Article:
Genesis 32:11
Deliver me, I pray thee, from the hand of my brother, from the hand of Esau: for I fear him, lest he will come and smite me, and the mother with the children.
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EXPOSITORY (ENGLISH BIBLE)
Genesis 32:11-12. Deliver me from my brother Esau, for I fear him — The fear that quickens prayer is itself pleadable. It was not a robber, but a murderer that he was afraid of: nor was it his own life only that lay at stake, but the mothers’, and the children’s. Thou saidst, I will surely do thee good — God’s promises, as they are the surest guide of our desires in prayer, and furnish us with the best petitions; so they are the firmest ground of our hopes, and furnish us with the best pleas.

32:9-23 Times of fear should be times of prayer: whatever causes fear, should drive us to our knees, to our God. Jacob had lately seen his guards of angels, but in this distress he applied to God, not to them; he knew they were his fellow-servants, Re 22:9. There cannot be a better pattern for true prayer than this. Here is a thankful acknowledgement of former undeserved favours; a humble confession of unworthiness; a plain statement of his fears and distress; a full reference of the whole affair to the Lord, and resting all his hopes on him. The best we can say to God in prayer, is what he has said to us. Thus he made the name of the Lord his strong tower, and could not but be safe. Jacob's fear did not make him sink into despair, nor did his prayer make him presume upon God's mercy, without the use of means. God answers prayers by teaching us to order our affairs aright. To pacify Esau, Jacob sent him a present. We must not despair of reconciling ourselves to those most angry against us.Next, he betakes himself to prayer. He appeals to the God of Abraham and Isaac, to Yahweh the God of promise and performance. "I am less than;" unworthy of all the mercy and truth of God. "With my staff." Jacob seems to have left his home without escort and without means. It was evidently intended that he should return in a short time; but unforeseen circumstances lengthened the period. "Me, the mother with the children." Me is used here in that pregnant sense which is familiar in Scripture, to include his whole clan; as Ishmael, Israel, Edom, often stand for their respective races. He then pleads the express promise of God Genesis 28:13-15; Genesis 31:3.9-12. Jacob said, O God of my father Abraham—In this great emergency, he had recourse to prayer. This is the first recorded example of prayer in the Bible. It is short, earnest, and bearing directly on the occasion. The appeal is made to God, as standing in a covenant relation to his family, just as we ought to put our hopes of acceptance with God in Christ. It pleads the special promise made to him of a safe return; and after a most humble and affecting confession of unworthiness, it breathes an earnest desire for deliverance from the impending danger. It was the prayer of a kind husband, an affectionate father, a firm believer in the promises. A proverbial speech, noting a total destruction. Compare Deu 22:6 Hosea 10:14.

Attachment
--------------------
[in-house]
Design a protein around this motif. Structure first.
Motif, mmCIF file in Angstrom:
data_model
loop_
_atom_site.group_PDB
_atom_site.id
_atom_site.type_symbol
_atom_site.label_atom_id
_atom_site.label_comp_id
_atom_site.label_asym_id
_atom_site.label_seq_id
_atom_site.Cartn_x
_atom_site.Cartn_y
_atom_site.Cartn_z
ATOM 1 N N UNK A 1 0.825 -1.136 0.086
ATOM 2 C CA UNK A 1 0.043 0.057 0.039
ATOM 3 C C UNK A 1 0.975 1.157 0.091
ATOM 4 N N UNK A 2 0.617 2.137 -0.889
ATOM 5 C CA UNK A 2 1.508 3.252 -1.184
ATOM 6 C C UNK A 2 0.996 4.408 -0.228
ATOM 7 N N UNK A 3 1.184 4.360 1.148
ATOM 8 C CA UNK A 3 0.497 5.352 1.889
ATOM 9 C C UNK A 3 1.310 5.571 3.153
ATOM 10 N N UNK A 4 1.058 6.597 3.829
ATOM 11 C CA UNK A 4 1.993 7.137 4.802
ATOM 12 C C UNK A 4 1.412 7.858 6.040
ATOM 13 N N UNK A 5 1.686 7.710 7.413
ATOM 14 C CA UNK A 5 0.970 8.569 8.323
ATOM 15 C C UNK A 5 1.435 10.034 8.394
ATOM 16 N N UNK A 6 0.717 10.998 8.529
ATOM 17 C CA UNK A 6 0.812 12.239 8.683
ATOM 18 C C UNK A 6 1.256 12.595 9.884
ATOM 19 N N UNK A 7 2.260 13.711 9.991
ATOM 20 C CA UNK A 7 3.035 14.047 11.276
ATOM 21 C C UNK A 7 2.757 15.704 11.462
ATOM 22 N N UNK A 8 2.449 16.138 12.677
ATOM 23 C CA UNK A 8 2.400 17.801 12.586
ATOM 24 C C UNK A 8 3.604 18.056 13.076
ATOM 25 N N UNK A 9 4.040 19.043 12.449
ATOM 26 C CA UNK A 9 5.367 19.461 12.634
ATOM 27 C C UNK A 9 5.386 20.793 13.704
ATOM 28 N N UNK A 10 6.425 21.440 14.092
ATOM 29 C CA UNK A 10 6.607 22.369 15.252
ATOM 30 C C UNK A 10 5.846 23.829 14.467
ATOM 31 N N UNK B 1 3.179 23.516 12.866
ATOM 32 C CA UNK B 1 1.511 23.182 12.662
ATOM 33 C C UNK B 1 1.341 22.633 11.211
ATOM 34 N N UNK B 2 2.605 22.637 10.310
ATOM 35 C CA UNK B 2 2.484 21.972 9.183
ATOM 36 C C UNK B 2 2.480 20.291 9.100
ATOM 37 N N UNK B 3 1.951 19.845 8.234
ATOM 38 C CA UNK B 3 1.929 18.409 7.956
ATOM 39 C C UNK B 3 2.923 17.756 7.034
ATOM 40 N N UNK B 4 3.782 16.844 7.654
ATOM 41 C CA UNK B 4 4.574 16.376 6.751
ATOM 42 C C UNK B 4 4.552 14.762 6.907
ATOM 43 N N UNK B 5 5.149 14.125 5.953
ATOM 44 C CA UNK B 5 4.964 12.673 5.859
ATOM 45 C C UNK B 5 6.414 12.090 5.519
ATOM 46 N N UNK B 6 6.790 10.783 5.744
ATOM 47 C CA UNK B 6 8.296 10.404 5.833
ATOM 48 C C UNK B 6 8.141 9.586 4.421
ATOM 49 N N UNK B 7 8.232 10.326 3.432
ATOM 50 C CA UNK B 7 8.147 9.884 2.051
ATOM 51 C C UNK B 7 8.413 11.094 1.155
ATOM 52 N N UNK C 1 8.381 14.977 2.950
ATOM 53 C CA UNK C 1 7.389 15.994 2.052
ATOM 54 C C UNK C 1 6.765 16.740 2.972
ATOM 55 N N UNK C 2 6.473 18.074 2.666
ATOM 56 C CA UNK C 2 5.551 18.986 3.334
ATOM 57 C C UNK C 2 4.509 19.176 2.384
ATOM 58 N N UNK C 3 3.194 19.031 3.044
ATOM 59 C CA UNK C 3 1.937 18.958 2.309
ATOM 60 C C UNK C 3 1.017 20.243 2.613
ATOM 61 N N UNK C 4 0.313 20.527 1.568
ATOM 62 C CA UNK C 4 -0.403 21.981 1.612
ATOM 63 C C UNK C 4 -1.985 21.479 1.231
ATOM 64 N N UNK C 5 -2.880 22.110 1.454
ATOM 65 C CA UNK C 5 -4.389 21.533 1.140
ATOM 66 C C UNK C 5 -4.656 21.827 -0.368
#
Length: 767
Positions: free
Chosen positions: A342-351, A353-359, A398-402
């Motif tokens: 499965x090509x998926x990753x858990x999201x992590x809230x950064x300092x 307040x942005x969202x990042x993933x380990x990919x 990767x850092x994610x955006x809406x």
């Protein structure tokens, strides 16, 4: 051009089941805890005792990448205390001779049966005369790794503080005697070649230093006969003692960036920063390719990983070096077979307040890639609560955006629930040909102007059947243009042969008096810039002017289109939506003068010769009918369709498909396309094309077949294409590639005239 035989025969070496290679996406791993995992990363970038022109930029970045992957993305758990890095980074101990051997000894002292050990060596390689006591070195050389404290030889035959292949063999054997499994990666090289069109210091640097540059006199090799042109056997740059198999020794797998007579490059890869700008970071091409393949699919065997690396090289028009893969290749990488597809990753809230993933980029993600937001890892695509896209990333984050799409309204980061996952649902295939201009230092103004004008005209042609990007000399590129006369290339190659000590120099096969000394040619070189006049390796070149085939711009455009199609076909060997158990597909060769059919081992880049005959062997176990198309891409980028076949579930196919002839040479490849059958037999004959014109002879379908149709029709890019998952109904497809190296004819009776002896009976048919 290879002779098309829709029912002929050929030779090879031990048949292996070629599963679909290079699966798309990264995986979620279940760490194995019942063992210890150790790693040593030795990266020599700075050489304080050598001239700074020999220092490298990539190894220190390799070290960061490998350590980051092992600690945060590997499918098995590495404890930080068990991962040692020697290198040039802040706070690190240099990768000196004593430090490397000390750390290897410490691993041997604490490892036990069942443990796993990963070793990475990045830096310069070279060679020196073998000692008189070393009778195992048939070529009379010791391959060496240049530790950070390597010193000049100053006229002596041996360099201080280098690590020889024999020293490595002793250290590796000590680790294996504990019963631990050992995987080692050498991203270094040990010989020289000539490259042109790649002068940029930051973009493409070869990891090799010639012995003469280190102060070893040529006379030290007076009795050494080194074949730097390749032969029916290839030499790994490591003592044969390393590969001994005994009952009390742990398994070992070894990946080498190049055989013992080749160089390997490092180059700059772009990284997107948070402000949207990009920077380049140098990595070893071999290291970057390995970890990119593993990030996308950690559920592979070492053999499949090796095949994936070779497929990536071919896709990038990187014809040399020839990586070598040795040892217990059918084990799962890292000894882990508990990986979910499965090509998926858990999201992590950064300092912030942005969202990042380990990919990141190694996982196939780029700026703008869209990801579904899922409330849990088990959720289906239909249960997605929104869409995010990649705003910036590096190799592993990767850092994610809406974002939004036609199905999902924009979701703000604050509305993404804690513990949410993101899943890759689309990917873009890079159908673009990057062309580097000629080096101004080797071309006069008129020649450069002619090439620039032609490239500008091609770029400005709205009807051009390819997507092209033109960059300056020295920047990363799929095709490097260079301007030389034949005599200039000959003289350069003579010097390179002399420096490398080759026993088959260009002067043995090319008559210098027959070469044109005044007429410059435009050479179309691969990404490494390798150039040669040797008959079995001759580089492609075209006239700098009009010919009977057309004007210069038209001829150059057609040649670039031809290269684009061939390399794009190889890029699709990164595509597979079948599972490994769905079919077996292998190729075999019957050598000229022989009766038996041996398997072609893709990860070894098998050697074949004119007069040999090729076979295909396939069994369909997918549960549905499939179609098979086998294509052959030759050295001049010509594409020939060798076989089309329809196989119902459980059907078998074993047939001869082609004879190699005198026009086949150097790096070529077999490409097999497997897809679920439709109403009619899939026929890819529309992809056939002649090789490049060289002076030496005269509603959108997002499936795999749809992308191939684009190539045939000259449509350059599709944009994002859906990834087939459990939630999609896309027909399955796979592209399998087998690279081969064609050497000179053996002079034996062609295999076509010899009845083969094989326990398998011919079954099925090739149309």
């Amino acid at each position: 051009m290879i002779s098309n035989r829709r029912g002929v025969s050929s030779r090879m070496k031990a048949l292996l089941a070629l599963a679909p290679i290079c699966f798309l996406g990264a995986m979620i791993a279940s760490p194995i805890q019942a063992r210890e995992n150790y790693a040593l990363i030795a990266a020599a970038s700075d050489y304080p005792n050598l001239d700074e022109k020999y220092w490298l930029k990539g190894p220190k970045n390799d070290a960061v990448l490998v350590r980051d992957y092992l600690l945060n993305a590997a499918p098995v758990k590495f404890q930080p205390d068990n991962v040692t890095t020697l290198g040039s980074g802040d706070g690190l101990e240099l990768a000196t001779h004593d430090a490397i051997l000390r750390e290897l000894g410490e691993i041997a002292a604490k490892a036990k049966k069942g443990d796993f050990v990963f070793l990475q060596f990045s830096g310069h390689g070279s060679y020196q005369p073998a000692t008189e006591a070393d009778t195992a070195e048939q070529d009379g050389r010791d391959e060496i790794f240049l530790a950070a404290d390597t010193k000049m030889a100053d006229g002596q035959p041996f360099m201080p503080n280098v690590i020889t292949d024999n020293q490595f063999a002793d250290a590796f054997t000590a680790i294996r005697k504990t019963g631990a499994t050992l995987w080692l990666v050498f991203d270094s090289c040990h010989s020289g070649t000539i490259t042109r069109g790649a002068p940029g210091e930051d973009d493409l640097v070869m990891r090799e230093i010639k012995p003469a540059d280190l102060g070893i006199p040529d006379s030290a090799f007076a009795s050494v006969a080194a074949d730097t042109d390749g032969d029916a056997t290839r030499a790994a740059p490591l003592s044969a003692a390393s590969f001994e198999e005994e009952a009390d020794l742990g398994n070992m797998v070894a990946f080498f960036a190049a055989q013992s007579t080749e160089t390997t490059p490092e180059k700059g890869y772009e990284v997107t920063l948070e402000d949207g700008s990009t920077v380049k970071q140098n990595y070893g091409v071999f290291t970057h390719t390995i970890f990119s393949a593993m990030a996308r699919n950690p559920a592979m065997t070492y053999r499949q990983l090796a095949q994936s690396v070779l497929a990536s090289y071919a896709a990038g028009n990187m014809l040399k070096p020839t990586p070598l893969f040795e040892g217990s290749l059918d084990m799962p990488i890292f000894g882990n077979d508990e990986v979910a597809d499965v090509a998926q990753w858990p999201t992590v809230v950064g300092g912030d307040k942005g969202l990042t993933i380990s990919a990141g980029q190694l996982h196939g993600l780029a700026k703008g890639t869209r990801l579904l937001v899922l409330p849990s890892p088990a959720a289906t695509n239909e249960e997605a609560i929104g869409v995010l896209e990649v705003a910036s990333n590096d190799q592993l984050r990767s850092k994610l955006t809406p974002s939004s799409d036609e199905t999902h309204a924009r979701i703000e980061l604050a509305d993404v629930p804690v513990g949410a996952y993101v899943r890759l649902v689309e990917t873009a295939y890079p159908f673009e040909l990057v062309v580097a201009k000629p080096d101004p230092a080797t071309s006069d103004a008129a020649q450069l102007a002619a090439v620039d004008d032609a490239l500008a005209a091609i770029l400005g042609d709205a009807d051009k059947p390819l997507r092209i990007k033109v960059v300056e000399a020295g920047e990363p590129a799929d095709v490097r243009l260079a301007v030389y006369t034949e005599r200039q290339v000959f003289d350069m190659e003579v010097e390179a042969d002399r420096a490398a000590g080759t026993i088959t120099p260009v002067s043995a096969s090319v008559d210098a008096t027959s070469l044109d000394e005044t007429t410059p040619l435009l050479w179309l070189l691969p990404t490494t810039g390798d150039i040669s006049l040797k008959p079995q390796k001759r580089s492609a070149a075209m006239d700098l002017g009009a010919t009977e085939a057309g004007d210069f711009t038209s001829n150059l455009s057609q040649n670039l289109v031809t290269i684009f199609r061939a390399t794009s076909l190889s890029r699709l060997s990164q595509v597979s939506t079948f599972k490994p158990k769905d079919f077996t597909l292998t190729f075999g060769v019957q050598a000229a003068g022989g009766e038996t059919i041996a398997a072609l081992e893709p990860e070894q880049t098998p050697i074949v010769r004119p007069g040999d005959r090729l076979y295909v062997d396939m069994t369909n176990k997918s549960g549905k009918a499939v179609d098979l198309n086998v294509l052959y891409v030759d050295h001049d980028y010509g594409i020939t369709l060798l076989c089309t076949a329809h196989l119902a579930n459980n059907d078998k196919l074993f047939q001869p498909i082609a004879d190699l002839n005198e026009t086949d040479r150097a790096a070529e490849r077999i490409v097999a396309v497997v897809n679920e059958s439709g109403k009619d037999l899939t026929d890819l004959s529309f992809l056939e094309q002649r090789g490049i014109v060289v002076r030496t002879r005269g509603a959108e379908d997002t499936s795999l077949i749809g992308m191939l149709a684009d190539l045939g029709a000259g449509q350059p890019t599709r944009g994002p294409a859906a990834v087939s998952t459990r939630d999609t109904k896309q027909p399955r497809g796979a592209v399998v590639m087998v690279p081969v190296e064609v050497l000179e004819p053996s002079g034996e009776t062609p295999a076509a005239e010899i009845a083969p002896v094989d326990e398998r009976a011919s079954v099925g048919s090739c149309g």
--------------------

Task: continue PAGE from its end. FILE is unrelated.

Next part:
Deliver me, I pray thee, from the hand of my brother, from the hand of Esau,.... For though his brother, it was his brother Esau, that had formerly vowed revenge upon him, and had determined to kill him, Genesis 27:41, and he knew not but that he was still of the same mind; and now having an opportunity, and in his power to do it, being accompanied with four hundred men, he feared he would attempt it; and therefore entreats the Lord, who was greater than he, to deliver him from falling into his hands, and being destroyed by him:

for I fear him, lest he will come and smite me, and the mother with the children; for whom Jacob seems to be more concerned than for himself; the phrase denotes the utter destruction of his family, and the cruelty and inhumanity that would be exercised therein; which shows what an opinion he had of his brother, and of his savage disposition.

Deliver me, I pray thee, from the hand of my brother, from the hand of Esau: for I fear him, lest he will come and smite me, and the {e} mother with the children.

(e) Meaning, he will put all to death. This proverb comes from those who kill the bird together with the young ones.

EXEGETICAL (ORIGINAL LANGUAGES)
11. from the hand of Esau] Jacob in his prayer makes no reference to the possible cause of Esau’s anger, and expresses no consciousness of, nor sorrow for, his own wrong-doing towards either Esau or Isaac.

the mother with the children] A proverbial phrase for “the mother and family”; cf. Hosea 10:14.

Genesis 32:11Jacob, fearing the worst, divided his people and flocks into two camps, that if Esau smote the one, the other might escape. He then turned to the Great Helper in every time of need, and with an earnest prayer besought the God of his fathers, Abraham and Isaac, who had directed him to return, that, on the ground of the abundant mercies and truth (cf. Genesis 24:27) He had shown him thus far, He would deliver him out of the hand of his brother, and from the threatening destruction, and so fulfil His promises.
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